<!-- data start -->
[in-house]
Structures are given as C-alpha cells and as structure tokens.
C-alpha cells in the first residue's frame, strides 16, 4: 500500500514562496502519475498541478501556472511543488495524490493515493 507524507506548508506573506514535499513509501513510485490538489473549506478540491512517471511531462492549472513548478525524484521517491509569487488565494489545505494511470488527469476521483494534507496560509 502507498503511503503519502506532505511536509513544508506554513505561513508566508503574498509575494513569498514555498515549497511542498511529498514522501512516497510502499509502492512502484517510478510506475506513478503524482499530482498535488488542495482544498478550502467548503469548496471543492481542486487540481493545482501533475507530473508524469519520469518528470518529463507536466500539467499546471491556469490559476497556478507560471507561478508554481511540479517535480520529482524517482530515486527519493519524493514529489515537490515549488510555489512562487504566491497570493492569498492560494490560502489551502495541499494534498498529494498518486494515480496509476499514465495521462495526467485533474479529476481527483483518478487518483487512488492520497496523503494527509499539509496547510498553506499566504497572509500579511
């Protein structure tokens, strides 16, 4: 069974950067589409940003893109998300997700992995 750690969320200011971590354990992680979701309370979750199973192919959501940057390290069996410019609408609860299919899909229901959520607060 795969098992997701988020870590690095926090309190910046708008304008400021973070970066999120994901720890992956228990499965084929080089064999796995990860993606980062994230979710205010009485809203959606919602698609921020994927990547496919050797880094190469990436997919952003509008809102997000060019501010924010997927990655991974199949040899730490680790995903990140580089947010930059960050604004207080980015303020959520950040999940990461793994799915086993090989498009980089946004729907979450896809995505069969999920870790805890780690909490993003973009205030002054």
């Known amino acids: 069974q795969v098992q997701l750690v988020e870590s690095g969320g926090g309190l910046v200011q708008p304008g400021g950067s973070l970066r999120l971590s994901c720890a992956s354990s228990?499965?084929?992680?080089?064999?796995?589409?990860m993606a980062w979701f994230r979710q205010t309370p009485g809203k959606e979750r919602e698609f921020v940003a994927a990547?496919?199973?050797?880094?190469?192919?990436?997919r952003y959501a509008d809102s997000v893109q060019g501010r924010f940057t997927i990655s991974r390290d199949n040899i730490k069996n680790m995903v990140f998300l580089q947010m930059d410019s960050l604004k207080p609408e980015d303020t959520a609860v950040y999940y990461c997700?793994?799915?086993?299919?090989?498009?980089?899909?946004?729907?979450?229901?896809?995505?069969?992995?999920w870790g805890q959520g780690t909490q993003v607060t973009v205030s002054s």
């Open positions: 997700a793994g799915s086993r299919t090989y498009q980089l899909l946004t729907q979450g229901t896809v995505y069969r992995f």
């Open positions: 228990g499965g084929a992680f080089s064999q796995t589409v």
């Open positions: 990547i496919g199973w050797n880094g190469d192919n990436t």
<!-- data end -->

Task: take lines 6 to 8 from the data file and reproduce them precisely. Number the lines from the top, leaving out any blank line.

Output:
């Open positions: 997700a793994g799915s086993r299919t090989y498009q980089l899909l946004t729907q979450g229901t896809v995505y069969r992995f």
């Open positions: 228990g499965g084929a992680f080089s064999q796995t589409v």
């Open positions: 990547i496919g199973w050797n880094g190469d192919n990436t």